Merritt Jones Tavern/Wayside Tavern

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Merritt Jones Tavern

MA-211
US 421 South of Big Hill
1850

Significant for its architecture as well as its history, the log and clapboard dwelling rests at the foot of Big Hill in southern Madison County. The three front entrances are notable features. One leads to the “saddle room,” while another has a walnut paneled door with wooden pegs. Built on a stone foundation, the structure contains an outside entrance to the earthen-floored cellar.

Merritt Jones Tavern

On the interior the left room has been restored to reveal the original planked pine floors, walls of dovetailed logs, an enclosed staircase, and a large stone fireplace. Four large, stone fireplaces once provided heat and were used for cooking.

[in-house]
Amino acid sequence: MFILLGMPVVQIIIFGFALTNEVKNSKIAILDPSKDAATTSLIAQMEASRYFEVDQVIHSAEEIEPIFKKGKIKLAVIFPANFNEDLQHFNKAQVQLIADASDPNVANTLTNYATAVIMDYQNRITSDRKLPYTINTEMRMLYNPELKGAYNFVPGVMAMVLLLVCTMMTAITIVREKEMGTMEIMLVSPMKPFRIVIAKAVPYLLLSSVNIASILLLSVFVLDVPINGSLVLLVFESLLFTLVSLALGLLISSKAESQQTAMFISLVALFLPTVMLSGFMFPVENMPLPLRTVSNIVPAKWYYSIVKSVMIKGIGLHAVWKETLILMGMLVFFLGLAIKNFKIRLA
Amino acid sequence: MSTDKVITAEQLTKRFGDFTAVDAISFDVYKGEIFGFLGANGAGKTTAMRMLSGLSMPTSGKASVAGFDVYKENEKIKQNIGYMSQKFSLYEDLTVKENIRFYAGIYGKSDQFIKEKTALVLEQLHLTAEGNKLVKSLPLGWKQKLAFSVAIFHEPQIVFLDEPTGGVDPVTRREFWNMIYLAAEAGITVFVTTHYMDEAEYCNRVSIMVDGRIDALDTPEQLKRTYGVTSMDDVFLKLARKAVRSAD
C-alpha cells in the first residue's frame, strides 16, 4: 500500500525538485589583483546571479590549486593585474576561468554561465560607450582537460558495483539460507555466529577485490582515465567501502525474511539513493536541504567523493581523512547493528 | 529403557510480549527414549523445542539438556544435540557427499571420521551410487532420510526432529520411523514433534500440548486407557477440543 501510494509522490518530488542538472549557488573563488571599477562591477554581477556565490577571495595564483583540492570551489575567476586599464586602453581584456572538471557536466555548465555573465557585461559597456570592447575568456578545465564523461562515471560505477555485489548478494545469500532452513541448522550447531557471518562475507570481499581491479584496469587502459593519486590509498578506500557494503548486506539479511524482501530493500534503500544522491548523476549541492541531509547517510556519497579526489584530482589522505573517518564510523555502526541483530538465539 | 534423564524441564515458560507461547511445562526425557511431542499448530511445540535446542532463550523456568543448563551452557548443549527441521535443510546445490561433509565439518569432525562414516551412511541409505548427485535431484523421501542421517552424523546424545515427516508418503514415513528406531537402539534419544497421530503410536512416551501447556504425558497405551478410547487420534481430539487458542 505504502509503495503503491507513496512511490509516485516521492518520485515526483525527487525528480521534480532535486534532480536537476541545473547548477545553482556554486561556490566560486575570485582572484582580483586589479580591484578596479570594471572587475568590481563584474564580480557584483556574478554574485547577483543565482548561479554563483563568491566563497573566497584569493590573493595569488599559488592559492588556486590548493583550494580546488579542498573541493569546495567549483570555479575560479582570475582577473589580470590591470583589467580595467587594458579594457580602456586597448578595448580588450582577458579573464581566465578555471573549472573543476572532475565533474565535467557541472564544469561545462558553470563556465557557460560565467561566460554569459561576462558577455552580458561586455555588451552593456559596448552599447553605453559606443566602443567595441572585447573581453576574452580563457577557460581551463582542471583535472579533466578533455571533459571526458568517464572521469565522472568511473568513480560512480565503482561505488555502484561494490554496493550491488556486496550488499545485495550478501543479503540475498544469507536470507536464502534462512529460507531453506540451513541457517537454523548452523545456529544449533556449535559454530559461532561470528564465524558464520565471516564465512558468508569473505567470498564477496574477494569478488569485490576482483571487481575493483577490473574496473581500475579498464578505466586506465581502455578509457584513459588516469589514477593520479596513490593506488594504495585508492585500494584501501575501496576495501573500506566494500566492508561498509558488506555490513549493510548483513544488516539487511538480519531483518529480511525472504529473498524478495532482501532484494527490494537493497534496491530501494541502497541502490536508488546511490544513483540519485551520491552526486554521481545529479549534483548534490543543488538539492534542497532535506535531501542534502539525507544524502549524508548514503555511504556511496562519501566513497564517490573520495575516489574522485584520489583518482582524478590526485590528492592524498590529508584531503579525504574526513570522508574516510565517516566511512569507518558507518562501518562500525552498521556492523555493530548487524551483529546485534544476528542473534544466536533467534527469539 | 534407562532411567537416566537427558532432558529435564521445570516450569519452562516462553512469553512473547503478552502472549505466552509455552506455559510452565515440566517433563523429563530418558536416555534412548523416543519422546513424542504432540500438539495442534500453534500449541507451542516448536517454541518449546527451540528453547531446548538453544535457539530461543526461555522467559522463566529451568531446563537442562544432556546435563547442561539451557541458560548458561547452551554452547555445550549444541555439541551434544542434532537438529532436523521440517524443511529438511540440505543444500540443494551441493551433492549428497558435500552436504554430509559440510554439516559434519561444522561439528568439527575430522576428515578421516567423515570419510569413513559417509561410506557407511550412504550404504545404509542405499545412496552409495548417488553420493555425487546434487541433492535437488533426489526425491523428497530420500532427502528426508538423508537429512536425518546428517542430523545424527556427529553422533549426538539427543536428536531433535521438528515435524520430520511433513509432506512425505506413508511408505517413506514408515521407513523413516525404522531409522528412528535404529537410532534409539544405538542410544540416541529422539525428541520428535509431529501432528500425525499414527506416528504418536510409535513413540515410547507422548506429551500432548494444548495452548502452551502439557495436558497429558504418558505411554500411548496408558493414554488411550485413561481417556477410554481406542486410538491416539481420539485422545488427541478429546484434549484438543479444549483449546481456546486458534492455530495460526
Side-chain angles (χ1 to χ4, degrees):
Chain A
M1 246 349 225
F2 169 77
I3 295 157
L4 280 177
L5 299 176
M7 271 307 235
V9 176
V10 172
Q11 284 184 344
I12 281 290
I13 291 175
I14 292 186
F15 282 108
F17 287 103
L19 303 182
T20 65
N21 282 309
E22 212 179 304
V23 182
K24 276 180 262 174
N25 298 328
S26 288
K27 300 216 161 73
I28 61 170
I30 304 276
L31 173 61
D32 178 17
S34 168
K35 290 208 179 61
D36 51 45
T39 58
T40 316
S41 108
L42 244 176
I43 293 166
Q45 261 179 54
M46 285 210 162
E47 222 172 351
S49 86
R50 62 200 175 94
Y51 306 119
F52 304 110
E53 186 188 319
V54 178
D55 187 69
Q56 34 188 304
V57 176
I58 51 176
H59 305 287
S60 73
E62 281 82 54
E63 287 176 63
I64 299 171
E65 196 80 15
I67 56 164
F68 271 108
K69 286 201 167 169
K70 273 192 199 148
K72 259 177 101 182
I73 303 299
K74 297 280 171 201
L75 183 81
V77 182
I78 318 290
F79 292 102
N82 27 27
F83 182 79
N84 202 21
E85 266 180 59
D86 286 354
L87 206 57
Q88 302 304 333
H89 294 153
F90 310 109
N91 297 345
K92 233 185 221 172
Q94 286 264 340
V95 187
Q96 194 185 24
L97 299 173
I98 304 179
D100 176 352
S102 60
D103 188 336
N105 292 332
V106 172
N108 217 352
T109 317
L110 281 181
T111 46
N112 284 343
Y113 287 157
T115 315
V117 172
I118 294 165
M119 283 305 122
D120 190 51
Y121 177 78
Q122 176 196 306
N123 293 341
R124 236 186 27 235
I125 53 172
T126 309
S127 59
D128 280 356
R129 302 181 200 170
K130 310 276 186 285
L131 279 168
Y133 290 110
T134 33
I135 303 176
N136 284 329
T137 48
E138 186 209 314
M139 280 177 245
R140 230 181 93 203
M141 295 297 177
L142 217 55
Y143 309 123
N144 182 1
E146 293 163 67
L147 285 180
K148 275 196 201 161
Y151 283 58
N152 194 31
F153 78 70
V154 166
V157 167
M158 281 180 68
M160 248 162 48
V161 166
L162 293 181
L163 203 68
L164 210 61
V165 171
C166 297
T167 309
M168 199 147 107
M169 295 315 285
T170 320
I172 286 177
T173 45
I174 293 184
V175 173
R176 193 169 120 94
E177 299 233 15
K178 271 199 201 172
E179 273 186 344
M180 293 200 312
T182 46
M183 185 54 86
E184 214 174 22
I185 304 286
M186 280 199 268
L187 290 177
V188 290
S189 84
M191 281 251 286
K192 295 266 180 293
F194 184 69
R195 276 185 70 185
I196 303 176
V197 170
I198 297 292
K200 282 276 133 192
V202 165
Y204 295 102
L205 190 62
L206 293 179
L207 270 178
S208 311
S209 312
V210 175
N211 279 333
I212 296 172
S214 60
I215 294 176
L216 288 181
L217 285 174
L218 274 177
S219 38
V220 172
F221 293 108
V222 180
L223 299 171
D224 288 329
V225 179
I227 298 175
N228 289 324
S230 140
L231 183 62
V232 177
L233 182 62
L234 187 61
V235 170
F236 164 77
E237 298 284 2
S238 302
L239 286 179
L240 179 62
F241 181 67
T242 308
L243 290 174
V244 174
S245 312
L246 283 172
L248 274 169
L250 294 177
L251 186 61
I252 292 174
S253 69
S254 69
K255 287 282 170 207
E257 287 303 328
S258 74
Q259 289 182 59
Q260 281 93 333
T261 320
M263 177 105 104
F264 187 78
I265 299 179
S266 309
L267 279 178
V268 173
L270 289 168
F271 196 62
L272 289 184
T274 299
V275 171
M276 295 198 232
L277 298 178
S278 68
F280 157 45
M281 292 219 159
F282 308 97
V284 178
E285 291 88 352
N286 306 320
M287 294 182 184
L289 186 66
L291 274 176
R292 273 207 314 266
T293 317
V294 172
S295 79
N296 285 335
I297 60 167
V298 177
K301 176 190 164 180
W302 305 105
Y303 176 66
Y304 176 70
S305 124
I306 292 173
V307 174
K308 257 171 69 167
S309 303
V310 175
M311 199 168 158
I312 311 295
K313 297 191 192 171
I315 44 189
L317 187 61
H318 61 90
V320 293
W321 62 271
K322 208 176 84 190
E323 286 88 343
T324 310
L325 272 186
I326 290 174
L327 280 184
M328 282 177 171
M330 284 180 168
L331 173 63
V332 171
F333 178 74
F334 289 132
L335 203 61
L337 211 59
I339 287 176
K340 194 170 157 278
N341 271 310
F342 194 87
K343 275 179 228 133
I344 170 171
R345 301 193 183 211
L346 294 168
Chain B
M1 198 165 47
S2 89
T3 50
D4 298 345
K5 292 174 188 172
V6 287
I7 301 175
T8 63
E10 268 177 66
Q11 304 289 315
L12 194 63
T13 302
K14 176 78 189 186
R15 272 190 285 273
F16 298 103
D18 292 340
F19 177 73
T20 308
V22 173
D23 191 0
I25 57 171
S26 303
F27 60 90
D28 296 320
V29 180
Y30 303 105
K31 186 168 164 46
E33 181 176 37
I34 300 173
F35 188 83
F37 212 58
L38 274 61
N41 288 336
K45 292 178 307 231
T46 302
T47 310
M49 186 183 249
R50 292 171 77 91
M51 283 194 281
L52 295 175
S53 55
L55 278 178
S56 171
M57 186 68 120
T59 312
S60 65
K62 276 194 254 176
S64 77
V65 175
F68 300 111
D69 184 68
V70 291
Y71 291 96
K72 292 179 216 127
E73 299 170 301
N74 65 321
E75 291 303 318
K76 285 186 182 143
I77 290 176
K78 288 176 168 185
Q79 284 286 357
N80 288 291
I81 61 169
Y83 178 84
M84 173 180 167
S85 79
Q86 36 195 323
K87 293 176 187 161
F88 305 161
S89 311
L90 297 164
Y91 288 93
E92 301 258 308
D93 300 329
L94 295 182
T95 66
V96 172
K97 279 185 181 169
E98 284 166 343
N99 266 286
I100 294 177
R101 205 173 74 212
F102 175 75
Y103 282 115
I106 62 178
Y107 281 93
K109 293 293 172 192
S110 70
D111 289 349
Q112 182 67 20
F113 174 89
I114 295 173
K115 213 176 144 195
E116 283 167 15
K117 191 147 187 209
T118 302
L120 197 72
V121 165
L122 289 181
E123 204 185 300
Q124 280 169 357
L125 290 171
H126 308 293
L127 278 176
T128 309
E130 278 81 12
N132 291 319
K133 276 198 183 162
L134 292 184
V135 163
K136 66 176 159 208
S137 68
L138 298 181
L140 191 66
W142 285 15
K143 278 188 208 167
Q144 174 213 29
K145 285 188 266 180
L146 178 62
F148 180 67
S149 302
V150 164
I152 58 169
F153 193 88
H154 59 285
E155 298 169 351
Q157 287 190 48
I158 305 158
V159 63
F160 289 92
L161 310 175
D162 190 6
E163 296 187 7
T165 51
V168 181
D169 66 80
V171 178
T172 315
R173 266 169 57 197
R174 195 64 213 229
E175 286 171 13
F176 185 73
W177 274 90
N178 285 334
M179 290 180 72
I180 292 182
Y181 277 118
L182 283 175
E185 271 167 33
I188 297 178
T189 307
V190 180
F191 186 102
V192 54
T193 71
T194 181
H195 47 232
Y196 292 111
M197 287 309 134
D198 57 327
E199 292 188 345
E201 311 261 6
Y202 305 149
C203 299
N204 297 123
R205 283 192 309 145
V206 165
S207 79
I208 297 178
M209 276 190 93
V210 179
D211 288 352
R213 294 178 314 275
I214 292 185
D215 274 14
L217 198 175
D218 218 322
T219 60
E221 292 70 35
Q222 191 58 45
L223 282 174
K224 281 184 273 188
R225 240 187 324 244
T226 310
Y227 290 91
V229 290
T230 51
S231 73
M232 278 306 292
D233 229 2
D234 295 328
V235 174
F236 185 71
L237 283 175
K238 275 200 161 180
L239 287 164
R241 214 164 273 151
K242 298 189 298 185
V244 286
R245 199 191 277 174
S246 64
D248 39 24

The Merritt Jones Tavern served as a temporary Confederate hospital after the Battle of Richmond in 1862; consequently, a small cemetery is located behind the log structure. U.S. government markers now identify eleven soldiers’ graves that were once marked by large slabs of fieldstone.

Merritt Jones Tavern

Another event in Civil War history lends the tavern its local name, the Grant house. In March 1863 General Ulysses S. Grant and several of his men dined and slept here while enroute from Chattanooga to Lexington in order to board a train for Washington, D.C. Merritt Jones and his sons were away serving with the Confederate forces at the time his wife and daughters were forced to lodge Grant.